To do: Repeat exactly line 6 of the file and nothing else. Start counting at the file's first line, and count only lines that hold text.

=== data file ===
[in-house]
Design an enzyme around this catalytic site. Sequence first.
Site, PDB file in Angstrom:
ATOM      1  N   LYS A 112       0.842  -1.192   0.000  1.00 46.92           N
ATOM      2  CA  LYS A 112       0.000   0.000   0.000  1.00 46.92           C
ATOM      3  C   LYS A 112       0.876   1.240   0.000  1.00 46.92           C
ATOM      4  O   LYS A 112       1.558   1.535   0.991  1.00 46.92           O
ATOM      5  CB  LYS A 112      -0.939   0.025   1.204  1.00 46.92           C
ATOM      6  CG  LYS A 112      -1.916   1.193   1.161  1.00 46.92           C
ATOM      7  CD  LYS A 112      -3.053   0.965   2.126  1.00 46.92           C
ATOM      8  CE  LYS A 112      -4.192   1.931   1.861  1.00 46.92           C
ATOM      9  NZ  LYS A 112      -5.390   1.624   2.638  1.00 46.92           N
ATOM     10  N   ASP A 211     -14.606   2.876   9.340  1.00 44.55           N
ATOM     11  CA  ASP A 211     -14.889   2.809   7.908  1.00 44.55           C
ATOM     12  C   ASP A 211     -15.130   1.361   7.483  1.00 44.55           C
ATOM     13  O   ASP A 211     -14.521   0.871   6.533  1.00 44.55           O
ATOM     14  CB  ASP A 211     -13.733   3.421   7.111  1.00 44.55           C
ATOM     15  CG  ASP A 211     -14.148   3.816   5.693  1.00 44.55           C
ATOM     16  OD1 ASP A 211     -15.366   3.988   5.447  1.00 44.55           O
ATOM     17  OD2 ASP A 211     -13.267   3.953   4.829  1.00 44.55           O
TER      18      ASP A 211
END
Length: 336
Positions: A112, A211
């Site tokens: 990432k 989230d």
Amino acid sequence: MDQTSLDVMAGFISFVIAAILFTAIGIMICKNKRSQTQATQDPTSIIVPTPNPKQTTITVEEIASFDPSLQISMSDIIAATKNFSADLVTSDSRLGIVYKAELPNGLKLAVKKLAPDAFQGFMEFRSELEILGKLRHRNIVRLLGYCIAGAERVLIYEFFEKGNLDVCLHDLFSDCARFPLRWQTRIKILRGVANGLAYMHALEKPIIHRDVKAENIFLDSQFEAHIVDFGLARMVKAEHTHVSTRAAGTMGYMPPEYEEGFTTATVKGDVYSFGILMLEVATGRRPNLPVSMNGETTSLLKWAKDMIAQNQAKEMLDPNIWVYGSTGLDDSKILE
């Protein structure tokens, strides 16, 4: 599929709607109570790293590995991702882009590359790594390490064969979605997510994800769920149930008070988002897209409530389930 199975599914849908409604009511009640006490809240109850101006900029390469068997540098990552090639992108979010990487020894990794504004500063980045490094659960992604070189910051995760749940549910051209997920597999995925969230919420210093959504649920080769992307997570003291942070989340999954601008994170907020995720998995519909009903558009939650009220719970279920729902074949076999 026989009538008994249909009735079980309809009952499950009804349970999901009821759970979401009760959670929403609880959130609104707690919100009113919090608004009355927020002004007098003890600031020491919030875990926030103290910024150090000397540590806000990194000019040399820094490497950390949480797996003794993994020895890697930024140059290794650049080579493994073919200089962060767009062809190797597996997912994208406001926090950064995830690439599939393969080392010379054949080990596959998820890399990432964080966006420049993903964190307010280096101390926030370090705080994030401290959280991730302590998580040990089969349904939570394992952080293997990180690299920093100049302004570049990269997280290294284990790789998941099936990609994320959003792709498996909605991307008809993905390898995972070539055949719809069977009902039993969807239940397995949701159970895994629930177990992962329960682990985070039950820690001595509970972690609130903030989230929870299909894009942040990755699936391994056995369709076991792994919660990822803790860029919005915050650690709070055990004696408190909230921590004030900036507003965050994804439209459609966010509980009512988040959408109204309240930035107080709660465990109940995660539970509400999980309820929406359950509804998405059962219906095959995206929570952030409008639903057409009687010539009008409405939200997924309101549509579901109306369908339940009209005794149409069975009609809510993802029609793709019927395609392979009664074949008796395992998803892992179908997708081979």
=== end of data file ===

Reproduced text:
ATOM      3  C   LYS A 112       0.876   1.240   0.000  1.00 46.92           C